NC: Diabetes Management (2007)
Schafer S, Kantartzis K, Machann J, Venter C, Niess A, Schick F, Machicao F, Haring HU, Fritsche A, Stefan N. Lifestyle intervention in individuals with normal vs. impaired glucose tolerance. Eur J Clin Invest. 2007 Jul; 37 (7): 535-543.PubMed ID: 17576204
- To determine whether a lifestyle intervention with a fat-reduced diet and an increase in the proportion of unsaturated fats and rich in fiber, together with a moderate increase in physical activity, is similarly effective in Caucasians with normal glucose tolerance (NGT) and impaired glucose tolerance (IGT) to improve glucose tolerance.
- A secondary research purpose was to determine which fat compartments, ectopic vs. visceral, are most affected by the lifestyle intervention as stated above.
Participants were included if they fulfilled at least one of the following criteria:
- Family history of Type 2 diabetes
- Body mass index (BMI) greater than 27kg per m2
- Diagnosis of IGT
- Previous diagnosis of gestational diabetes.
Individuals from the southern part of Germany that participated in the Tuebingen Lifestyle Intervention Program ( TULIP)
- These individuals are participating in a 24-month diet and exercise program designed to prevent Type 2 diabetes (TULIP)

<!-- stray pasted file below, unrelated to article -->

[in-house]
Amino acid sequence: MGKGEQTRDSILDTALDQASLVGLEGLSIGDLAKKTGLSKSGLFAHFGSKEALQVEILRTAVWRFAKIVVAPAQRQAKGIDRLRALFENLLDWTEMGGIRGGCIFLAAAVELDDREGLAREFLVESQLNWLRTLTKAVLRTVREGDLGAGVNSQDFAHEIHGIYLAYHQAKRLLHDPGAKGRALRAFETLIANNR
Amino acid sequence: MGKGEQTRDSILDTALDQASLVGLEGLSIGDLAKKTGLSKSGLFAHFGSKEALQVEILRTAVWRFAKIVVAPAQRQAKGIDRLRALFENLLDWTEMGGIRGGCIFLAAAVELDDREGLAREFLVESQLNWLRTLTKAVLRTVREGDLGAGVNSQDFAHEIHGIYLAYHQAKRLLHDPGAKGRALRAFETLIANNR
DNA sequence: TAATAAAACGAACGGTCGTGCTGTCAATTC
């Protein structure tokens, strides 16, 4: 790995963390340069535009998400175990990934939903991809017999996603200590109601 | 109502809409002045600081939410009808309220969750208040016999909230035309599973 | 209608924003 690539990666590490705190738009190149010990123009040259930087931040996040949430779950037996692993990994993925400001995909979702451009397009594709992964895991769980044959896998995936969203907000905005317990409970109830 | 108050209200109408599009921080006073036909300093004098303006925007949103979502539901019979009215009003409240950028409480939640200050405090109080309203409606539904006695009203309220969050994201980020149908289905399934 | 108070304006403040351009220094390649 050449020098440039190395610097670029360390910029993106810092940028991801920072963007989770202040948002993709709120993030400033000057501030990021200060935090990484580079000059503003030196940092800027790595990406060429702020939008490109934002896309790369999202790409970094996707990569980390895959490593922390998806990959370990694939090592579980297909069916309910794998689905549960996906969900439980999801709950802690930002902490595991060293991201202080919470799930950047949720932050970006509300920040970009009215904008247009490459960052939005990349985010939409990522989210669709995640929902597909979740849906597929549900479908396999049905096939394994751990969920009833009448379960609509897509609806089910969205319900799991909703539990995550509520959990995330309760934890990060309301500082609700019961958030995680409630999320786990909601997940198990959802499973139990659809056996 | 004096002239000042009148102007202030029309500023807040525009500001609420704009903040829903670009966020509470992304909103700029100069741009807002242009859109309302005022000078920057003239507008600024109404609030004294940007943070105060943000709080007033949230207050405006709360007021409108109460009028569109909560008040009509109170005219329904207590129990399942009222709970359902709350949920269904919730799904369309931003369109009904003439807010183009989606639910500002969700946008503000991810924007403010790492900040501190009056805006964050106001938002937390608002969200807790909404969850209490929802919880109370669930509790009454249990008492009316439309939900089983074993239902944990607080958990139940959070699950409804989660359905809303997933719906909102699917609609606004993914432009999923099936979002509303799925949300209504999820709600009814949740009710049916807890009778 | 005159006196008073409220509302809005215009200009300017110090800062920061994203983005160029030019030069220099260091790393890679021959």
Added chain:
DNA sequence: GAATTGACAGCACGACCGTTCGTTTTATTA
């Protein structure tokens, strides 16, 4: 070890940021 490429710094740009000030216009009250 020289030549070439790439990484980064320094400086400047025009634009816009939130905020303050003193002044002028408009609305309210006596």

- Data included in this study are baseline and nine-month data.
- Individuals underwent dietary counseling at baseline and had up to 10 sessions with a dietitian
- During each visit, participants presented a three-day food diary and discussed the results with the dietitians. Counseling was aimed at:
- Reducing body weight by at least 5% compared to baseline
- Reducing intake of calories from fat to less than 30% of energy and saturated fat to no more than 10%
- Increasing intake of fiber to at least 15g per 1,000kcal
- Perform at least three hours of moderate sports per week
- Dietary intervention was adapted from the diet intervention used in the Finish Diabetes Prevention Study.
- Matched pairs T-test
- Multivariate linear regression analysis.
Timing of Measurements
Baseline and nine months.
- Weight: Scale
- BMI: Calculated as weight divided by the square of height
- 75g OGTT: Venous samples at zero, 30, 60, 90 and 120 minutes
- Insulin sensitivity: Calculated from glucose and insulin values during OGTT as proposed by Matsuda and DeFronzo
- Blood glucose: Bedside glucose analyzer